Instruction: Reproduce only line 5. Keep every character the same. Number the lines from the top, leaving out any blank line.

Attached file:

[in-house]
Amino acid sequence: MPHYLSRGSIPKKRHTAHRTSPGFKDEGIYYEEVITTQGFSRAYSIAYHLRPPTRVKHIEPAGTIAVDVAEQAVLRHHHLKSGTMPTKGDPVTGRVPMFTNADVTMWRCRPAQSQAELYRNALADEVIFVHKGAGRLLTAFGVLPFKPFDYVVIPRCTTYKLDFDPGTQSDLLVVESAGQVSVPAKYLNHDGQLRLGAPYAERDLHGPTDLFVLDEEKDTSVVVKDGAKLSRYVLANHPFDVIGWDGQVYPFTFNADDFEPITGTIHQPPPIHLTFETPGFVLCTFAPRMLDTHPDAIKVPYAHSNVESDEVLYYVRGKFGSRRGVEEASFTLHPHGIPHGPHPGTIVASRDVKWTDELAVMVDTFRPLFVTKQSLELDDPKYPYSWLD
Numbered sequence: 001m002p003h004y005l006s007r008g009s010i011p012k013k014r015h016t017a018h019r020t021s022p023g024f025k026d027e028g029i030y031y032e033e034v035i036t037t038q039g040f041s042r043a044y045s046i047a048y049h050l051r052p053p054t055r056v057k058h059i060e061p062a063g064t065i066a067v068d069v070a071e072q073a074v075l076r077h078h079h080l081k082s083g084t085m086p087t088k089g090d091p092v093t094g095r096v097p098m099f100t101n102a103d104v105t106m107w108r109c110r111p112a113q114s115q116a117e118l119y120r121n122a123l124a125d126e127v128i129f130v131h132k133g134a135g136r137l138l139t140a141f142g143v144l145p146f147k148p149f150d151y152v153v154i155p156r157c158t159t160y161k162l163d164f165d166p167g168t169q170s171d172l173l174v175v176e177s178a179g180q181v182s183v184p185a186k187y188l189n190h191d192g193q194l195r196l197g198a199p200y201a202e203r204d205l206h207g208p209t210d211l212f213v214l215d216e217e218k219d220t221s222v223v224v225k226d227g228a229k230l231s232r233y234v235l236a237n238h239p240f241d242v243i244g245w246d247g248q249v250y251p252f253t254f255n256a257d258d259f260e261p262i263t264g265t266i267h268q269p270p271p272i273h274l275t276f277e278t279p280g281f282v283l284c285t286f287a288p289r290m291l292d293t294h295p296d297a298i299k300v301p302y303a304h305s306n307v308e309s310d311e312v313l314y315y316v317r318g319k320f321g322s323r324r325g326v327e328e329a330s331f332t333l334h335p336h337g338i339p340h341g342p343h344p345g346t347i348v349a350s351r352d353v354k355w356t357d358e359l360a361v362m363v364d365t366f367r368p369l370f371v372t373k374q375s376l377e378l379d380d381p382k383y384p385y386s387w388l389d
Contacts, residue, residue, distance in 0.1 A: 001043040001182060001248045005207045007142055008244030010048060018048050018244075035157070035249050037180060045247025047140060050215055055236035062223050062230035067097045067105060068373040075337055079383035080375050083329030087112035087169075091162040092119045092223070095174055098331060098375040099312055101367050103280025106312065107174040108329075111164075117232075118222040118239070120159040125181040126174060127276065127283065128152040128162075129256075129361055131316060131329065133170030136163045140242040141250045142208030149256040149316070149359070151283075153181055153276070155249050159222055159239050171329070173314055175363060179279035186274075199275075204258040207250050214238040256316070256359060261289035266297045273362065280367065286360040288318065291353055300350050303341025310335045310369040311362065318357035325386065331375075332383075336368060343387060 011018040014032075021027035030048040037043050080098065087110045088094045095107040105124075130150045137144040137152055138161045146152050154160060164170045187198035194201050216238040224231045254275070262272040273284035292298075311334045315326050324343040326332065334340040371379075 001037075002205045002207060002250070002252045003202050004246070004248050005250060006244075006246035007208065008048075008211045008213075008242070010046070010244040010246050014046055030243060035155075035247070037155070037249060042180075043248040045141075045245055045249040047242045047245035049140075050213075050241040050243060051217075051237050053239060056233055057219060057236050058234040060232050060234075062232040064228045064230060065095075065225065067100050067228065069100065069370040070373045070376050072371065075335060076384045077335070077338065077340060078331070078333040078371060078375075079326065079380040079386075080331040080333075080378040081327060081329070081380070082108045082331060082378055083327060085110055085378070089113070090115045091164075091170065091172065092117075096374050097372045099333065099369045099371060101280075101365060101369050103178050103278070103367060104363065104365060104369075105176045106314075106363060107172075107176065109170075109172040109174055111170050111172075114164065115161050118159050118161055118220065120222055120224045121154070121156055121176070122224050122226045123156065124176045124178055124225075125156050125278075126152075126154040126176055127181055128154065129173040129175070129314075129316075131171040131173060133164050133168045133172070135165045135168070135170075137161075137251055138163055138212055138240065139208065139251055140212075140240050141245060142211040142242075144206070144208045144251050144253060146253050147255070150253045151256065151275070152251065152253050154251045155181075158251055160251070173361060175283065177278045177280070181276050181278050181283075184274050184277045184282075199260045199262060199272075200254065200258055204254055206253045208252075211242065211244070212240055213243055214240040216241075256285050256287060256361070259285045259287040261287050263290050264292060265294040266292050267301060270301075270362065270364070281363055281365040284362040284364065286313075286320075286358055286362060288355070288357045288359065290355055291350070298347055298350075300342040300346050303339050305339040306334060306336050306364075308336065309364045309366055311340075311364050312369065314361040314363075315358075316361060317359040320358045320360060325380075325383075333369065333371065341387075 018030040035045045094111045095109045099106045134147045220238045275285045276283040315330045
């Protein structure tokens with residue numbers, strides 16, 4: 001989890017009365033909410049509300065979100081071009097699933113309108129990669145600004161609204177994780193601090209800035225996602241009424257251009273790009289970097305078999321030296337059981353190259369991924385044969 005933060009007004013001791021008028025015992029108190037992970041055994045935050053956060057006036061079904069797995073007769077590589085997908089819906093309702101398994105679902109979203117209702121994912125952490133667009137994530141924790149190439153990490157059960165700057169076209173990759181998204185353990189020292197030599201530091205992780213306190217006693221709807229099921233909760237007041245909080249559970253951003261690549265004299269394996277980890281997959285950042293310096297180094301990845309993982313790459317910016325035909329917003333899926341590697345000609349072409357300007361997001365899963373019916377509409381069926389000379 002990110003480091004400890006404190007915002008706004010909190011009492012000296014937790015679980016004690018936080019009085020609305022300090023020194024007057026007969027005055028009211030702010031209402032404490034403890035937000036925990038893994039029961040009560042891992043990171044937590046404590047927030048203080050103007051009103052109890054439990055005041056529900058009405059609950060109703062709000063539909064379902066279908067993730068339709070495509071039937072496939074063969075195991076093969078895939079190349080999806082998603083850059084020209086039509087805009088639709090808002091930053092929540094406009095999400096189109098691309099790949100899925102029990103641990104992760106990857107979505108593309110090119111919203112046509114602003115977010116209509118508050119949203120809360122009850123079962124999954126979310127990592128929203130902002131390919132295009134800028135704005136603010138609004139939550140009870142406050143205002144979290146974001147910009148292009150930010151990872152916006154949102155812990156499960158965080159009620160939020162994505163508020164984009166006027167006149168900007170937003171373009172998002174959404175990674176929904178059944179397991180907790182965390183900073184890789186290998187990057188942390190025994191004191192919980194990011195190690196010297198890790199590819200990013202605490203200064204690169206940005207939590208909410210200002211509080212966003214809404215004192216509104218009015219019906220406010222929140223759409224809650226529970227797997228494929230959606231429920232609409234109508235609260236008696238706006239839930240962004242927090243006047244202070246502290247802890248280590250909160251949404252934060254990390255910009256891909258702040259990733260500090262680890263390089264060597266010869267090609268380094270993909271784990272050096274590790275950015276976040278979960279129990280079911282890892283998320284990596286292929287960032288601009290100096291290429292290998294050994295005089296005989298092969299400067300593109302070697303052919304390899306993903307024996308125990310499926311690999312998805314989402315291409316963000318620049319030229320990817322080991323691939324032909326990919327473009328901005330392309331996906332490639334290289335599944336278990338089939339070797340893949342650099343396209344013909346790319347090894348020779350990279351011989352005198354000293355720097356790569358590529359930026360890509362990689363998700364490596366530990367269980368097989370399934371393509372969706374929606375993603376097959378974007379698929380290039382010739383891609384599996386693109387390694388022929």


């Protein structure tokens with residue numbers, strides 16, 4: 001989890017009365033909410049509300065979100081071009097699933113309108129990669145600004161609204177994780193601090209800035225996602241009424257251009273790009289970097305078999321030296337059981353190259369991924385044969 005933060009007004013001791021008028025015992029108190037992970041055994045935050053956060057006036061079904069797995073007769077590589085997908089819906093309702101398994105679902109979203117209702121994912125952490133667009137994530141924790149190439153990490157059960165700057169076209173990759181998204185353990189020292197030599201530091205992780213306190217006693221709807229099921233909760237007041245909080249559970253951003261690549265004299269394996277980890281997959285950042293310096297180094301990845309993982313790459317910016325035909329917003333899926341590697345000609349072409357300007361997001365899963373019916377509409381069926389000379 002990110003480091004400890006404190007915002008706004010909190011009492012000296014937790015679980016004690018936080019009085020609305022300090023020194024007057026007969027005055028009211030702010031209402032404490034403890035937000036925990038893994039029961040009560042891992043990171044937590046404590047927030048203080050103007051009103052109890054439990055005041056529900058009405059609950060109703062709000063539909064379902066279908067993730068339709070495509071039937072496939074063969075195991076093969078895939079190349080999806082998603083850059084020209086039509087805009088639709090808002091930053092929540094406009095999400096189109098691309099790949100899925102029990103641990104992760106990857107979505108593309110090119111919203112046509114602003115977010116209509118508050119949203120809360122009850123079962124999954126979310127990592128929203130902002131390919132295009134800028135704005136603010138609004139939550140009870142406050143205002144979290146974001147910009148292009150930010151990872152916006154949102155812990156499960158965080159009620160939020162994505163508020164984009166006027167006149168900007170937003171373009172998002174959404175990674176929904178059944179397991180907790182965390183900073184890789186290998187990057188942390190025994191004191192919980194990011195190690196010297198890790199590819200990013202605490203200064204690169206940005207939590208909410210200002211509080212966003214809404215004192216509104218009015219019906220406010222929140223759409224809650226529970227797997228494929230959606231429920232609409234109508235609260236008696238706006239839930240962004242927090243006047244202070246502290247802890248280590250909160251949404252934060254990390255910009256891909258702040259990733260500090262680890263390089264060597266010869267090609268380094270993909271784990272050096274590790275950015276976040278979960279129990280079911282890892283998320284990596286292929287960032288601009290100096291290429292290998294050994295005089296005989298092969299400067300593109302070697303052919304390899306993903307024996308125990310499926311690999312998805314989402315291409316963000318620049319030229320990817322080991323691939324032909326990919327473009328901005330392309331996906332490639334290289335599944336278990338089939339070797340893949342650099343396209344013909346790319347090894348020779350990279351011989352005198354000293355720097356790569358590529359930026360890509362990689363998700364490596366530990367269980368097989370399934371393509372969706374929606375993603376097959378974007379698929380290039382010739383891609384599996386693109387390694388022929």